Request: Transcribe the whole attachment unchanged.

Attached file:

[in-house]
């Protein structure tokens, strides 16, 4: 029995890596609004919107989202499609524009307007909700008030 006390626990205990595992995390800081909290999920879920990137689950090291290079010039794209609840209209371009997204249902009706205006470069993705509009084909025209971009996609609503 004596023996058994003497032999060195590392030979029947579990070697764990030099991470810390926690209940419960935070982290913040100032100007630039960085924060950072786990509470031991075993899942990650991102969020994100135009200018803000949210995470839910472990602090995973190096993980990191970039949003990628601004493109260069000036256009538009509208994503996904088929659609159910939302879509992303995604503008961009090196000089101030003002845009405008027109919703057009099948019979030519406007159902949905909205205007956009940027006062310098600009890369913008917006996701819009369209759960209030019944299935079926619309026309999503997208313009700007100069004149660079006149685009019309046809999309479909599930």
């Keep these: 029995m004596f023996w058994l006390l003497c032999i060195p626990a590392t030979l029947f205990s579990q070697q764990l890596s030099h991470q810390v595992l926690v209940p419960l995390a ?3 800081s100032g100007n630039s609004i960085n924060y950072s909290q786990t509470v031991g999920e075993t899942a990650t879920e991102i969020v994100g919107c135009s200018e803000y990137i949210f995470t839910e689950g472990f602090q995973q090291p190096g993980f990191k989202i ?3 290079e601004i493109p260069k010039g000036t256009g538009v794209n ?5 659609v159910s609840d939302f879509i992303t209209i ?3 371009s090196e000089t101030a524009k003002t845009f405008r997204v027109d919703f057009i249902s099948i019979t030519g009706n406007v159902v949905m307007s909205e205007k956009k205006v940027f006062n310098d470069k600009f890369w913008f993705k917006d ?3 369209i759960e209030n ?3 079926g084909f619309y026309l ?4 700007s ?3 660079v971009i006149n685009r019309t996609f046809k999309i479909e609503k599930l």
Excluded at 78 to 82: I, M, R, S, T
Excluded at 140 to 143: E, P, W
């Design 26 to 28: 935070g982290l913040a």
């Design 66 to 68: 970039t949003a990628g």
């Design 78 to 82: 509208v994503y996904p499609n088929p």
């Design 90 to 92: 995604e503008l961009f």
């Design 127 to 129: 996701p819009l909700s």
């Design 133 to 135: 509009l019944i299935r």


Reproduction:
[in-house]
């Protein structure tokens, strides 16, 4: 029995890596609004919107989202499609524009307007909700008030 006390626990205990595992995390800081909290999920879920990137689950090291290079010039794209609840209209371009997204249902009706205006470069993705509009084909025209971009996609609503 004596023996058994003497032999060195590392030979029947579990070697764990030099991470810390926690209940419960935070982290913040100032100007630039960085924060950072786990509470031991075993899942990650991102969020994100135009200018803000949210995470839910472990602090995973190096993980990191970039949003990628601004493109260069000036256009538009509208994503996904088929659609159910939302879509992303995604503008961009090196000089101030003002845009405008027109919703057009099948019979030519406007159902949905909205205007956009940027006062310098600009890369913008917006996701819009369209759960209030019944299935079926619309026309999503997208313009700007100069004149660079006149685009019309046809999309479909599930």
């Keep these: 029995m004596f023996w058994l006390l003497c032999i060195p626990a590392t030979l029947f205990s579990q070697q764990l890596s030099h991470q810390v595992l926690v209940p419960l995390a ?3 800081s100032g100007n630039s609004i960085n924060y950072s909290q786990t509470v031991g999920e075993t899942a990650t879920e991102i969020v994100g919107c135009s200018e803000y990137i949210f995470t839910e689950g472990f602090q995973q090291p190096g993980f990191k989202i ?3 290079e601004i493109p260069k010039g000036t256009g538009v794209n ?5 659609v159910s609840d939302f879509i992303t209209i ?3 371009s090196e000089t101030a524009k003002t845009f405008r997204v027109d919703f057009i249902s099948i019979t030519g009706n406007v159902v949905m307007s909205e205007k956009k205006v940027f006062n310098d470069k600009f890369w913008f993705k917006d ?3 369209i759960e209030n ?3 079926g084909f619309y026309l ?4 700007s ?3 660079v971009i006149n685009r019309t996609f046809k999309i479909e609503k599930l």
Excluded at 78 to 82: I, M, R, S, T
Excluded at 140 to 143: E, P, W
């Design 26 to 28: 935070g982290l913040a």
């Design 66 to 68: 970039t949003a990628g």
């Design 78 to 82: 509208v994503y996904p499609n088929p």
């Design 90 to 92: 995604e503008l961009f």
């Design 127 to 129: 996701p819009l909700s």
């Design 133 to 135: 509009l019944i299935r």